General Interest

mammut smart alpine vs mega jul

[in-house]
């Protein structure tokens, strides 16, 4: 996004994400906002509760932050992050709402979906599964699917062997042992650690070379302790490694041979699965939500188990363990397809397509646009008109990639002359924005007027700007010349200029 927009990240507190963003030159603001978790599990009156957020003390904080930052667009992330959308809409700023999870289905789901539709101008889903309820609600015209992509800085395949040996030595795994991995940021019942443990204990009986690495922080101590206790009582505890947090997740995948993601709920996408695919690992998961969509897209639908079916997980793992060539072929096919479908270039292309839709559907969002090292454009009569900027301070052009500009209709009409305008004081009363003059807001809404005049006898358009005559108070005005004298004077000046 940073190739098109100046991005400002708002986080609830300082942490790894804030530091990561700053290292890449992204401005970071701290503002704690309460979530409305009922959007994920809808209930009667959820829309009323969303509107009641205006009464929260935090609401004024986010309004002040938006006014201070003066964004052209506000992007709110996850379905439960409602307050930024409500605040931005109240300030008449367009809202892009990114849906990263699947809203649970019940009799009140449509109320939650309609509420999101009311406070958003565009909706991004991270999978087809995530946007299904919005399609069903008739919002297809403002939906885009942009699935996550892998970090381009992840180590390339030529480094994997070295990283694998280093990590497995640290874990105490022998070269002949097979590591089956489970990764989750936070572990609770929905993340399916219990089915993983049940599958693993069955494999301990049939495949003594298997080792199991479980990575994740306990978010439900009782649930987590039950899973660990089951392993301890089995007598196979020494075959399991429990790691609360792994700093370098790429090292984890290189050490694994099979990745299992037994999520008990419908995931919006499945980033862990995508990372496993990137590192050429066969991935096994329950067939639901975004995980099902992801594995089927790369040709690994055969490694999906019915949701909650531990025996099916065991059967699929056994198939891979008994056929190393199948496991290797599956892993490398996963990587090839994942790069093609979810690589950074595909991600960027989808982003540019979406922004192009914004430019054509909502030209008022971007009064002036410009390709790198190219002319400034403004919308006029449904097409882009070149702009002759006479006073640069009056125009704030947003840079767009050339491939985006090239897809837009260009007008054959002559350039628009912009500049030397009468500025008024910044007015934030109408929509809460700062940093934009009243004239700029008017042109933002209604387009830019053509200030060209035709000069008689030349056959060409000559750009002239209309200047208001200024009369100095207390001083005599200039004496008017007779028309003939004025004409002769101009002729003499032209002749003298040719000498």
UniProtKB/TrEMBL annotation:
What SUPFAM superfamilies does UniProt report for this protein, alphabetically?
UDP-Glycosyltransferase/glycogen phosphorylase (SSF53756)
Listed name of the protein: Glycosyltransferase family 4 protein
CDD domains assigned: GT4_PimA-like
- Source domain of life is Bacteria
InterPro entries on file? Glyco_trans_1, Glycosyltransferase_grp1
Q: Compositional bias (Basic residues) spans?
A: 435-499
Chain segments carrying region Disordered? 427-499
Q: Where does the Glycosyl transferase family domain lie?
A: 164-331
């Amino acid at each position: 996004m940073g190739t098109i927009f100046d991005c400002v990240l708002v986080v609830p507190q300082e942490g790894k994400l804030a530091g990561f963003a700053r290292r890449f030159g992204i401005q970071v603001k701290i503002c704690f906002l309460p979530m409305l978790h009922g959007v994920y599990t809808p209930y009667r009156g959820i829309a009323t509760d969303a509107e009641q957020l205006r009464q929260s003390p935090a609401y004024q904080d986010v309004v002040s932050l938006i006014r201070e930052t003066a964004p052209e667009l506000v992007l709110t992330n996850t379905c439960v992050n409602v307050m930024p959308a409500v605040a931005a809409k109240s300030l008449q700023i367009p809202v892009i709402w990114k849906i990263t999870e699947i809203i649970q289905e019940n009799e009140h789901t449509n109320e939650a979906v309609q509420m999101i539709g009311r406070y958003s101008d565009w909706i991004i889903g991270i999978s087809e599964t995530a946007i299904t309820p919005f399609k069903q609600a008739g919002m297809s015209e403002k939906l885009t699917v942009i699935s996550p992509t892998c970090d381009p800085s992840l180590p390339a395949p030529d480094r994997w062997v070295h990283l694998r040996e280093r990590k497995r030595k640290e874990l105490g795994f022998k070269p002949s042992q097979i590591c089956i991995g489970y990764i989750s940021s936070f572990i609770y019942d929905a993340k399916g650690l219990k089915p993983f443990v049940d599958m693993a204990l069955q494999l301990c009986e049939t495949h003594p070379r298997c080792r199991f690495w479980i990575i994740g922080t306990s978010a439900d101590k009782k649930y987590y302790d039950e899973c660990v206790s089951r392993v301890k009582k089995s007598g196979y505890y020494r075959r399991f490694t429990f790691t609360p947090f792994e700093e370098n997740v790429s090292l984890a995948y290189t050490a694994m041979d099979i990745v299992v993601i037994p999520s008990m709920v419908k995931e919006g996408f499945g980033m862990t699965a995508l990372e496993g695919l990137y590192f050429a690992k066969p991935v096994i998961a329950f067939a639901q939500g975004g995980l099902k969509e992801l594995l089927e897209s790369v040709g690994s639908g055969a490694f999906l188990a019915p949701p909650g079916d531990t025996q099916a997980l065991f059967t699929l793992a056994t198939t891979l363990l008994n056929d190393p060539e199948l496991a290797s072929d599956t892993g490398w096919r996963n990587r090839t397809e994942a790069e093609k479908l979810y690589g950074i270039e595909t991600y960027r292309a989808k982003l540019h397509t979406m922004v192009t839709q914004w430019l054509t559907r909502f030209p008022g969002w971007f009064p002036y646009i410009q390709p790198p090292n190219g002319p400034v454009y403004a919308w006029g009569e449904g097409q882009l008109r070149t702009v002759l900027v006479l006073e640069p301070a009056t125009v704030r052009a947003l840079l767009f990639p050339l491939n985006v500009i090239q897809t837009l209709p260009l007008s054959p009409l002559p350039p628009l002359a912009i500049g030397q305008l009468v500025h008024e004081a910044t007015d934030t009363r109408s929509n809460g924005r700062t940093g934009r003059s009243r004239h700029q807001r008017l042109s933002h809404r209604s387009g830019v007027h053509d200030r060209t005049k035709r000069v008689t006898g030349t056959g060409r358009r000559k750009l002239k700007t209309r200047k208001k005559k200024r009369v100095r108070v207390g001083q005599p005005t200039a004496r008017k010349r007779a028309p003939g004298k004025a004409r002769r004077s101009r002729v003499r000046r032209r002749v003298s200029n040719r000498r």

Giving out a lot of slack felt smooth and instinctual. Mammut Nordwand Alpine Belay ... Edelrid Mega Jul Belay Kit. Along with a harness and rope, one of the most essential pieces of rock climbing equipment is the belay device. This is by far the cheapest of the three devices. Belay devices—no matter the design—all use friction (created by a bend in the rope) to hold tension and keep the climber from falling. I’ve experienced the skin con on the Mego Jul and this feels like a deal breaker. The Mega Jul has a learning curve, as with any other belay device, but after a few times belaying on it, most folks are proficient. It’s your lifeline on everything from beginning top ropes to full-on alpine epics. But when used incorrectly, the consequences can be dramatic. And as is the case with all assisted-braking scenarios, belayers should be sure to keep one hand on the brake strand at all times. Mammut Smart 2.0 Belay Device. For situation-dependent belaying and abseiling, especially in alpine terrain. Lowering a climber felt effortless and totally controlled – mainly due to the long thumb lever where one can really tweak the angle with precision. This page is powered by a knowledgeable community that helps you make an informed decision. We currently use a Black Diamond ATC Guide, so we are comfortable with tubular devices. 5c Climbers. “What was that? The device has a very distinctive clicking noise when in use and can be heard from across the gym or crag, it’s not a big deal but can get a little annoying. Here, we’ll cover the basics to help you find the right belay device for your needs. ... - Is not as versatile vs Mammut Smart (Alpine version). That said, on multi-pitch climbs, it is common for a team to have one assisted-braking device (such as a Petzl Grigri) and a second auto-blocking tube or plate device to accommodate two ropes. There was nothing to worry about while belaying as the device felt incredibly intuitive and the smoothest in feeding slack, which for us is important. I guess it’s a question of habit & taste. However the friction is higher than the others, and we do not recommend this for hard sport climbing where quick slack is needed for clipping. The belay is more ergonomic and less constraining (being that the device is not attached to the belayer’s harness), and when the climber falls or weights the rope, the climber strand locks down on the brake strand and prevents the rope from slipping. The vast majority of tube-style devices and plates have this capability, but most assisted-braking devices are designed to handle just one rope (with the exception of the Edelrid Mega Jul and the Mammut Smart Alpine). Enter the Mammut Smart Alpine, which brings unprecedented versatility to an assisted-braking device. inb4 someone says Alpine Up, is it really worth it if Alpine Up costs and weighs as much as Grigri 2? Mega Jul: designed for single ropes; Mega Jul Sport: designed for sport climbing with thicker single ropes; Jul 2: designed for single pitch climbing at the gym or crag; How the Giga Jul Works: The innovative Giga Jul works the same as a regular tube style device (think ATC or Reverso) when in Manual Brake mode, making it easy to operate. These devices were the; Edelrid Mega Jul, Black Diamond ATC Pilot, Mammut Smart and we also tried the auto-locking Beal Birdie. Note the Mammut smart (excluding alpine) is of thicker diameter 8-10.5mm and not ideal for Trad. Belaying with Edelrid Mega Jul. The Edelrid Mega Jul Sport provides assisted-braking belays for both single and double/twin ropes (7.9 to 11 mm). We can now rest assured that we have done the work in our pursuit for an assisted-braking device. I first noticed this belay device hanging off the harness of a friend who runs a local climbing shop. All devices were fall-tested and performed equally, as one would expect and hope. The CAMP Ovo and Kong Gi-Gi are two of our top choices. There are a few other methods of lowering where this can be avoided and are probably deemed “correct”, but it’s just not instinctive. Eastern Cape – Port Elizabeth The Smart Alpine is lighter than Grigri but heavier than the Mega Jul. Additionally, they are able to accommodate two ropes for rappelling (in addition to standard belaying with a single rope). Intuitive belay device with reliable blocking of the climbing rope. sale Current price: $31.47 Original price: $44.95 30% off. With more and more options for a safer belay, The Zine got its hands on two of the most innovative devices, The Mammut Smart Alpine and the Petzl GRIGRI + (Plus). If your rope is even a little twisted, this compounds the issue. Auto-blocking tubes—also known as plaquettes—offer the same versatility as tube devices: they can handle a large range of rope diameters, have two slots for rappelling or belaying with double ropes, and are lightweight and inexpensive. If you’re climbing with two ropes, make sure you have the proper tool for the job. Learning to climb can be a daunting endeavor. While correct belay technique is essential, having the best belay device for your needs definitely helps. A rope is... A shadow passes over. It also felt like the safest for beginners with a fairly aggressive assisted-lock. Sorry, your blog cannot share posts by email. Gauteng – Pretoria These are our first choice for top rope and cragging scenarios, but are not as versatile as auto-blocking tube devices for multi-pitch climbing or rappelling. Unlike the other two devices, you have to use the thumb lever at all times when feeding slack. 30cm from belay loop) for abseiling. This would certainly improve with practice, but the other devices definitely win here. As always, be sure to learn and practice this knot before heading out to the crag. $44.95. In a situation where you drop or forget a belay device, a Munter hitch can be used for all belaying or rappelling scenarios: lead belaying, belaying a follower, top roping, and rappelling. When all else fails, there’s always the Munter hitch. We both have a Mammut 10mm rope, a classic workhorse. One downside to active assisted-braking devices is that the camming unit places extra wear and tear on the rope. The lowering did not involve any lost skin, but was a little jerky at times. Many beginner climbers will start with a tube device—the CAMP Shell being our favorite budget option—but for $10 more, an auto-blocking tube device (see below) provides a huge bump in versatility. I’m getting the Mammut smart alpine (double rope, smaller diameter) as replacement to enjoy it more with trad ropes. Tube devices are relatively lightweight and inexpensive and can handle a wide range of rope sizes (for example, the Black Diamond ATC can be used with ropes 7.7–11mm). But it was big. Western Cape – Rocklands Who needs skin anyway. If it weren’t for the open design causing painful lowering and occasional twisting then this would have won. Usefull if you plan to stay in space long, (cleaning, i guess bolting) but not to rappel. As skinnier and skinner ropes hit the market, it’s very important make sure that your belay device safely pairs with your rope. But in a situation where the climber is being belayed from the top of the climb (common in multi-pitch climbing), the extra loop attaches the device to the anchor, allowing the leader to belay the follower more safely (the rope locks down on itself and assists in braking). Furthermore, many of these devices cannot be used to belay the follower from above (as is common in multi-pitch climbing). Find the best belay devices from Black Diamond, CAMP, DMM, Edelrid, Grivel, Mammut, Petzl, Wild Country. What you want is the Mammut Crag Smart HMS. I have the smart alpine and I struggled initially with the difficulty of releasing whilst abseiling. Our stories are our lifeblood, and by sharing our stories we work to uplift our human experience, and amplify our connection to our natural world. Additionally, assisted-braking devices are more complicated to operate than tube-style devices, and each design comes with its own learning curve. Let’s start with the Smart. But if you are lead climbing, it can be a hindrance. Trad dads – this one is probably for you. Price: $18Style: TubeWhat we like: Cheap, simple, durable, and easy to use.What we don’t: To belay from above in a multi-pitch scenario, you’ll need to step up to a device like the ATC-Guide below.See the Black Diamond ATC, Price: $110Style: Assisted-brakingWhat we like: Assisted braking allows for a more secure belay.What we don’t: Heavy, expensive, and requires a bit of a learning curve. The safety gate prevents proper usage with regular tubers, as Mammut explains in their instructions. Press enter for more information. We also found that the rope had the potential to slide around and twist into odd positions – probably no worse than a conventional tube, but the other devices were superior in this regard, especially the Black Diamond ATC Pilot. The recommended way of using the device is with your thumb in the thumb catch but we found it wasn’t necessary most of the time, which allows one to use a traditional two-handed motion to reduce fatigue. If you’re the type that likes to keep it simple, any locking carabiner will do the trick. The other devices do not have this problem. In this context, the main concern is cross-loading: you never want the carabiner to flip sideways on your harness, where the force begins pulling side-to-side rather than parallel with the spine. Not big. Rock Climbing & Bouldering in South Africa, Assisted braking belay device comparison: Edelrid Mega Jul, ATC Pilot, Mammut Smart, https://www.climbing.co.za/forum/viewtopic.php?t=5172, Garrreth Bird and Richard Halsey open new line at Slanghoek, Above the Clouds Highline | Carte Blanche. However, the Pilot also resembles a mini version of Mammut Smart Alpine (for ropes 8.9mm to 10.5mm). Because we know many of you are coming here for belay device recommendations before you even know how to use one, we’ve classified our top picks by climbing discipline, so you can make your purchase and start learning. Any thought? The thumb catch was easy to get to and the only reason to look down at it was to see how much slack was in the system. Mammut Smart. 4.5 4.5 out of 5 stars from 11 reviews 5 11. Black Diamond ATC Pilot – Weight: 92 grams. They outperform the Smart Alpine in lead belaying, and are much smaller and lighter. For comparison, i find the CT Click-up to be real loud when it click and fussier to unclick. The alpine version of the award-winning Smart can also be used with double and half ropes as well with thin single ropes, making it the ideal companion for all alpine rock and ice pursuits. Thank you CityROCK for the opportunity for us to voice our relatively inexperienced voices. In certain situations—such as climbing as a party of three, using twin ropes, and rappelling—you’ll need a belay device that can handle two ropes. Overall, the Mega Jul and Micro Jul are superior to the Mammut Smart Alpinet. Thanks for that guys, Very insightful, thanks guys! Edelrid probably eliminated the thumb shield to keep the weight down and keep the design simple, but we feel a minimalist thumb shield would have gone a long way to making lowering more pleasant. Other examples of this type of belay device include the Petzl Reverso 4, Black Diamond ATC Guide, Cassin Piu 2, Edelrid Mega Jul, Kong Gigi, Mammut Smart, Mammut Bionic Alpine … We did not feel that any would not catch the climber. Best value: The Mammut Smart is great if you are a beginner and mostly top roping. Mammut Smart Alpine. An auto-blocking tube device has the same design as a standard tube device, but with an additional attachment point for belaying from the anchor. Tube  Well written and well-considered points. With the new Edelrid Mega Jul there are now three tubular assisted devices to choose from at the CityRock gear shop, so what better time could there be to do a roundup. That being said, the Birdie is cheaper and performed really well. What am I forgetting? Best all-rounder: The Mega Jul was a very close second. If only BD made a Pilot version for 2 ropes. The one serious grievance i have with the smart is rappel = abseil. We recommend belay plates for one main purpose: belaying a follower (or two) from an anchor (as in a multi-pitch scenario). The newly developed brake insert blocks the rope in the event of a fall. Again, personnal taste. As we mentioned in depth above, there are times (mainly in multi-pitch environments) when a climber will belay his or her partner from above. Weight of a few grams didn’t bother us much, so this was fairly low on our priority list. But although it’s a necessity, purchasing a device can be extremely confusing—there are countless choices and an absolute imperative to use it correctly. The good news for climbers is that there are more quality products and styles to choose from than ever before. There’s just so much to get used to, which can feel even more intimidating any time you’re off the ground. Climbing.co.za © 2003-2017 Climb ZA. They're fine devices but I much prefer the ATC Pilot. Post was not sent - check your email addresses! Belaying with it was fluid and did not hinder the climber at any point. These devices are generally lighter and less expensive than active devices. We have never “written up” anything before so don’t judge us too hard! Learn how to use all the features on this device. Assisted-braking devices are becoming increasingly popular, largely due to the amount of safety that they add to belaying and rappelling. Their product slogan says “It’s Catchy” – but perhaps too catchy for us and requires a lot more practice. Some assisted-braking devices are even made in two different sizes (the Mammut Smart Alpine, for example, comes in both a 8.7–10.5mm and a 7.5–9.5mm model) because their ranges are so limiting. New for 2011, the Smart Alpine is a two-slot version of Mammut’s Smart device ($29.95). Braking-force support is another way of … Continue reading "Mammut Smart Alpine" Wanting to be as informed as possible we asked if we could try all the new devices that the CityRock gear shop sold. Below we provide the necessary details for the four styles, including our top picks for each. We enjoyed the simple robust construction and the no frills belaying that came with that. One of our favorite assisted belay device in the market the Edelrid Mega Jul. The Climbing Zine strives to share the diverse voices, art, and experiences of our worldwide climbing community. 5 colors available. In general, assisted-braking devices are heavier and more expensive than tube-style devices, and most of them (the Mega Jul and Mammut Smart Alpine being two exceptions) are only designed to operate with a single rope. I’ve been wondering about the Mammut Smart, as it can do 2 ropes. I wanted an assisted braking belay device to give my wife more confidence in lead belaying. The Giga Jul is a standard and assisted braking tuber in one. Shoes, harness, rope, helmet, cams, locking carabiners, draws, chalk bag, wind shell, puffy, rain shell, base layer. Ah, the good old (bug, tube, etc) – it’s classic, dependable, and totally prone to error. The Edelrid Mega Jul is on the left, the Mammut Smart Alpine on the right. Passive devices use their geometry (a sharp bend, for example) to lock the rope in place, as seen in the popular Edelrid Mega Jul and the Black Diamond ATC-Pilot. Often used in canyoneering and rappelling-specific contexts, belay plates have a few uses for climbing, although most beginning climbers will opt for the tube-style and assisted-braking devices above. But in a pinch, the Munter hitch can be a lifesaver. Best value: The Mammut Smart is great if you are a beginner and mostly top roping. HUGE. I loved it so much i basically didnt touch my Grigri 2 any more. But for a one-stop shop—your friend, climbing mentor, guide, or teacher can take it from here—here’s our take. To complete your setup, see our articles on the best climbing harnesses and best rock climbing shoes. We have been climbing for about 2 years so we are relative newbies – we are mainly focused on outdoor sport climbing. The design of each device varies, but they all share a similar ability to lock down in the event of a fall (when the rope is weighted), thus aiding the belayer in holding the climber. CityROCK loved this review found in the forum, so we’ve posted it here for you to enjoy! This device is super light and can accommodate two ropes and is multi-pitch enabled. Lowering was unpleasant and the device lost the most points here. The Safe Option. The Winner: The Black Diamond ATC Pilot was the most pleasant to use, and immediately felt instinctive. Built on the experience the new Smart 2.0 offers significantly improved braking effectiveness as well as optimized geometry and intuitive handling. The other devices allow one to feed the slack much more like a traditional tubular device, and only when you are really feeding quickly you do not need to use the thumb lever to prevent it auto-locking. The assisted braking function which supports the braking force can be activated or disabled by an intelligent mechanism. The Smart 2.0 is Mammut’s assisted belay device. Assisted-Braking It can only accommodate a single rope, but that’s hardly a con and rather a design decision. It is in the mid range weight for assisted braking device. The first generation of the Smart belay device was successfully launched in 2009. There is nothing quite like the bond formed between climber and belayer. If sport climbing is your main gig, then it’s pretty flawless. This technique is commonly referred to as “belaying in guide mode” (for more, see “Belaying a Follower” below). In the vast majority of situations, you will need to rappel on a doubled-over rope (not a fixed line) in order to pull your rope once you’re down. According to Mammut, the Smart Alpine is the first “braking-force support” device that can be used with single, twin and half ropes. Myself and buddy Andre were comparing some of the new devices, and saw others had the same questions – so we put together a little comparison to help out. These have the added benefit of brake assistance when lead belaying but can still allow for smooth double rope rappels. What we don’t like: When there was a need to use the thumb catch, it was tricky to find without looking down. Don't let a long day at the crag mess with the integrity of your belaying. The Jul 2 is a single rope assisted braking device, the Mega Jul takes two ropes and has a sport climbing version as well, and the Micro Jul is the incredibly lightweight version of this for use with Edelrid's super-thin alpine ropes. Rotpunkt: Bibliographie | Alex Megos climbs his hardest project yet, VIDEO: Thomas Van Tonder gets High Above Soweto with 90m Rope Climb Record, From Winning Nothing To Climbing Champion. Von daher bin ich bei diesem Sicherungsgerät geblieben. Was für einige gegen dieses Gerät sprechen könnte, ist das Gewicht, aber ich hatte bisher keinerlei Probleme in Kombination mit weiterem Klettermaterial. !” “I don’t know. I found it much easier to extend on a 60cm sling (doubled, i.e. This is not a large consideration for most climbers, but certainly something to be aware of. This stiff, aggressive shoe is perhaps best known for its ability to perch on tiny edges... Any piece of climbing gear has the potential to become a cherished relic, but perhaps none carries as many good memories as a trusty old rope. Share with Climbers. And food. The material on this site may not be reproduced, distributed, transmitted, cached or otherwise used, except with the prior written permission of Climb ZA.This website is created & maintained by gorilla website development. Ultimately for the purpose of trad multi-pitching, the Mammut smart Alpine is the only affordable and available device I could get my hands on that has the assisted breaking mechanism I was looking for when belaying a heavier person on a trad climb. Probably more so than other assisted brake design belay devices. The Smart is just what I needed as it operates in a very similar way to a traditional belay plate but gives added security of assisted braking. Overall, the Mega Jul and Micro Jul are superior to the Mammut Smart Alpinet. The Mammut Smart Alpine works on 2 ropes what about that? The Jul being steel was a turnoff, and the release action on the Smart didn't feel as smooth. As sport climbers, our most important criteria was for quick and smooth lead belaying so this was our winner. It’s an inexpensive and safe option, good value, and has fantastic control for lowering. Cannot be used for rappelling or double-rope setups.See the Petzl Grigri, Price: $30Style: Auto-blocking tubeWhat we like: Lightweight, affordable, and allows you to belay from above in guide mode. We are relative novices and don’t have a mountaineering/trad background, so this is more geared at other newbies looking at getting an auto-lock device for the first time. Because... We love rock climbing shoes, and we bet you do too. [Photo] Chris Van Leuven Almost 100 percent of the time, the best setup for this sort of belay is an auto-blocking tube device secured to the anchor in guide mode. KwaZulu Natal – Pietermartizburg Plate devices also function well for top belaying, especially when you’re trying to cut weight and bulk. We use affiliate links and may receive a small commission on purchases. There was no fighting with it as the leader. We felt like this was the closest feel to an ATC and it looks it too. Most belay devices are made to handle a range of rope sizes, with tube-style (both standard and auto-blocking) and plate devices being the most versatile and assisted-braking devices having the smallest ranges. This can probably be fixed with gaining comfort with the device, but we feel there are better choices if lead climbing is your focus. Easy to use in a very similar way to a traditional belay plate, but with added security. While it can be possible to operate a device with a rope smaller or larger than specified, it is not optimal and often compromises safety. We’d be remiss not to mention the hazards of using an assisted-braking device. It is simple, and effective belay device. See every climbing brand, compare every detail, and find the best price. The dual rope and multipitch capability is a real pro, and the weight is a bonus. And it was close.” “Did you hear that rush of wind?” “Yeah… like a parachute opening!” “But where did it go?” Megan and I look around... As a beginning climber, the last thing you want to spend your time worrying about is your shoes, or the poor feet you’ve crammed into them on somebody’s bad advice. If it weren’t for the open design causing painful lowering and occasional twisting then this would have won. Mpumalanga – Waterval Boven. KwaZulu Natal – Durban Shoppers should recognize that none of the active assisted locking devices can rappel a doubled rope, nor can the passive ClickUp+, Black Diamond ATC Pilot, or Mammut Smart 2.0. The most popular device for belaying is the tube device, commonly referred to as an “ATC” (this is Black Diamond’s name for their tube device, and akin to calling all tissues “Kleenex”). Learn how to use the Mammut Smart to belay. Full Metal Brisket (5.15a/9a+) — First Ascent! That said, there are myriad options to choose from, and some do the job better than others. I love this device and have the small diameter one for trad and the large diameter one for sport (though with modern skinnier sport ropes I don’t need it as much, just use my trad one). An auto-blocking tube device is hands-down the best tool for belaying a follower up a multi-pitch climb, and we recommend it to any beginning climber interested in expanding their skill set to longer routes. Apparently the GigaJoule addresses the shortcomings of the Mega. Auto-block (resistance belaying a second) High friction in auto-block mode plagued all the devices capable of double rope rappels, especially the Smart Alpine. Two slots allow you to belay with double or twin ropes, and to accommodate such skinny ropes, the new Alpine version comes in two sizes. Finally, many assisted-braking devices can work for a top belay as well, but they add unnecessary heft and are generally less straightforward to use. But for ounce counters, they can provide a great substitute for heavier and bulkier devices. "Active assisted braking" is the primary reason people pick Petzl GriGri 2 over the competition. Modern plates are auto-blocking and are more lightweight and compact than tube, auto-blocking tube, and assisted-braking devices. The GriGri is a great choice, and probably the most widely used assisted braking belay device around. Mammut Smart Alpine| $45 mammut.ch.com ★★★ According to Mammut, the Smart Alpine is the first “braking-force support” device that can be used with single, twin and half ropes. Mammut Smart Alpine| $45 mammut.ch.com ★★ ★ According to Mammut, the Smart Alpine is the first “braking-force support” device that can be used with single, twin and half ropes. The Mega Jul (for ropes 7.8-11mm) is the closest in shape to the Pilot. Well a GriGri only works on one rope, unlike the Mega Jul. Mammut. They outperform the Smart Alpine in lead belaying, and are much smaller and lighter. This covers some more niche options like the Edelrid Mega Jul, Mega Jul Sport, and Mammut Smart Alpine Belay Device. Those models are the ATC XP, ATC Guide, Verso, Reverso, Smart Alpine, and Giga and Mega Juls. Sound familiar? Smart 2.0 Belay Device (26) 26 reviews with an average rating of 5 out of 5 stars. Instead, we focused on the devices that followed the classic tubular style. Don’t let your guard down when using an assisted-belay device, and always operate as per the manufacturer’s instructions. Active devices—heavier and more expensive, but often easier to operate—have a moving part that engages in the event of a fall (which is then disengaged with a lever). As a belayer, your partner trusts you to catch them when they fall and get them back to the ground safely once they’ve finished a route. If you’re used to belaying with an ATC, and still will outdoors, then the Edelrid Jul or the Black Diamond ATC Pilot offer the most similar slack feeding technique, but use assisted braking tech. We felt confident that with some practice this would not be an issue. Gauteng – Johannesburg A climbing-specific style of footwear, approach shoes offer a unique combination of hiking shoes, climbing slippers, and sometimes even mountaineering boots. Petzl GriGri 2, Edelrid Mega Jul, and Mad Rock Lifeguard are probably your best bets out of the 20 options considered. It seems like every option has an “if only” to it. Registration on or use of this site constitutes acceptance of our Privacy Policy and Disclaimer. Oh yeah, headlamp. Mammut Smart 2.0 Belay Device. About Us. The most versatile ever belay device. Was... Wes: Thanks! However, take note that belay plates are not as versatile as other devices—they’re difficult to operate both for lead belaying and rappelling. The Mammut Alpine Smart Belay is finicky with the type of carabiner that works well with it as you've discovered. I'm pretty sure this was made specifically to work with the Alpine Smart … Share on facebook. ... Mammut Smart 2.0: $30. There are two different types of assisted-braking devices: passive and active. To keep it simple, we sort belay devices into four main categories: tube, auto-blocking tube, assisted-braking, and plate. I knew I was officially a climber when I bought my first pair of approach shoes. In short, a belay device attaches the climber’s rope to the belayer, allowing the belayer to keep the rope taught, catch the climber when he or she falls, and lower them safely to the ground. Because this knot is not intuitive, puts a lot of wear on the carabiner, and causes the rope to kink, we don’t recommend it as an everyday replacement to a belay device. Final thoughts: A great, lightweight and fluid device. Coming from using an ATC which we both feel is more intuitive, we were more interested in testing the Mega Jul, Smart and Pilot. The Smart Alpine is a rivalry of the Mega Jul Sport. Great for rappelling and double-rope setups.What we don’t: Not as secure as the Grigri above.See the Black Diamond ATC Guide. The Mammut Smart: Weight 80 Grams In this scenario, the first climber will descend the rope—fixed at the halfway point—with the assisted-braking device, and the second will unfix the rope and descend with the tube or plate. The Miura VS is a time-tested classic from La Sportiva, offering impressive levels of performance on varied terrain. The plastic part is.. well.. plastic.. but it seems sturdy. Subscribe to our Twitter feed and/or join our Facebook Page, auto-locking devices, belay devices, CityROCK Gear Shop, gear review, Review. Of course, those who wish to dive deeper into the technicalities and variety of options can continue reading. Also, on the Smart Alpine, the rope has a tendency to bind by sliding to the other tube when lowering. This implies that you will need a device with two slots. We found the thumb catch, much like the Mega Jul, only necessary on rare occasions, but incredibly easy to find. Beim Mammut Smart Alpine hat man beide Vorteile vereint: blockiert falls man loslässt und lässt sich jedoch völlig einfach handhaben. Both the Edelrid Mega Jul and the Petzl Grigri are assisted-braking devices. All rights reserved. We don’t have much experience with Gri-gri belaying as we controversially believe it isn’t intuitive, so we omitted the Birdie from our process. Without exception, you should always use a locking carabiner in tandem with a belay device. Like we said, when used correctly, they offer the height of safety for belaying and rappelling. Gambling Casinos tell us that “winners know when to stop”, and when you hit your mid-twenties, assisted braking devices start to look like a good idea. I was way too fat and weak to do it Brenda... Phlip Olivier: That's some really epic footage! But despite this major similarity, there are myriad options, each with its own set of strengths, limitations, and best uses. There is nothing wrong with this, but if you are used to balancing the effort of feeding slack with two-handed motion then this feels limiting and tiring. In top rope and lead belaying scenarios, the two devices operate identically. Performance in guide mode and rappelling are about the same. Our favorites include the super-lightweight Petzl Reverso and the innovative DMM Pivot for its improved lowering abilities in guide mode. The only good thing about Smart Alpine is it produces less drag during guide mode. A tube device is typified by two simple slots and a loop—some of these slots will have teeth on one end, which help to add friction and provide a smoother belay or lower. As always be safe out there. As per the book, it is a real pain as the full weight of the ropes runs over the nose, and must be lifted during the descent. Yes Mammut does have and auto locking belay plate which works on 2 ropes but it doesn't have a guide mode, which is very useful if you are doing a multi-pitch route. It’s fool proof, cheap and would excel on a top rope setup. Of course, it’s OK to belay with a standard locking carabiner, but be sure to keep your eyes on your device from time to time to make sure it is correctly situated. Also worth noting is that the Smart HMS carabiner is specially designed for use with the Mammut Smart 2.0 and it is not meant for using with tube-style belay devices like the Black Diamond ATC-series, Petzl Reverso, or Edelrid Mega Jul. The device was the most comfortable to use. We were really looking for the most pleasant experience for sport climbing. But because of the too catchy con, I guess not. I so wish I could get my hands on a Tre (https://www.climbing.co.za/forum/viewtopic.php?t=5172). The open thumb catch means that the rope slides against your thumb and forefinger – potentially exposing your skin to rope burn on thicker ropes (we both experienced this). No idea it that’s true though, never used one. Kat: I came from Gauteng in 2006, was 12 years old. In this scenario, a climber leads a pitch, and—instead of lowering to the ground—builds an anchor and belays their partner up to them. This lightweight belay device is perfect for gym and sport climbing, especially on long days spend climbing and lowering at the crag. The safety element comes with a trade-off – it doesn’t feed slack to the climber very well and when we pulled out slack quickly it had a tendency to lock-up, hindering the climbing process. This device can do everything. Best all-rounder: The Mega Jul was a very close second. The rope also slipped out of the sheath more easily than the other two devices. Read more about us. Carabiners like the Black Diamond GridLock, DMM Belay Master 2, and Edelrid HMS Bulletproof Screw FG all use slightly different technologies to ensure that this does not happen. So where does the Giga Jul fit into the range? Mammut Smart Alpine Retail: $49.95. There are numerous documented instances of belayers loading their device backwards or opening the lever all the way when lowering their climber, too many of which did not end well. The Black Diamond ATC Pilot (foreground) racked on a harness with the Edelrid Mega Jul. But once mastered, an assisted-breaking device adds a level of assurance to belaying that we really love. Climbing Technology Alpine Up. I used the Mammut Smart (double ropes, large diameter) for about half a year, didn’t notice the “very loud click” nor had any issue paying out slack to lead climber. Plate Performance in guide mode and rappelling are about the same. Western Cape – Montagu Mammut Nordwand Alpine Belay Device. The dual rope and multipitch capability is a real pro, and the weight is a bonus. With the Mammut Smart 2.0 Belay Device, you'll have the help of assisted braking on your side. In general, assisted-braking devices are heavier and more expensive than tube-style devices, and most of them (the Mega Jul and Mammut Smart Alpine being two exceptions) are only designed to operate with a single rope. While safety is all about how you use it – it just felt almost impossible to drop a climber regardless of technique or experience. The Birdie seemed to be very similar to the classic auto-locking Gri-Gri which has been around for 30 years without much competition. That was before it got stollen from me. According to many reviews, Mega Jul is cheaper, lighter, feeds slack better, less sensitive to carabiner choice, and has less focused binner wear problem. Whether you spend your days climbing indoors or scaling multi-hundred-foot monoliths, it’s always helpful to know what you need. Review by Fabian Humphry and Andrè le Roux. Auto-Blocking Tube Western Cape – Cape Town If you are a climber... We wake at 6am to the faint jingle of Lorna’s watch muffled by her sleeping bag. Maybe one should always use gloves?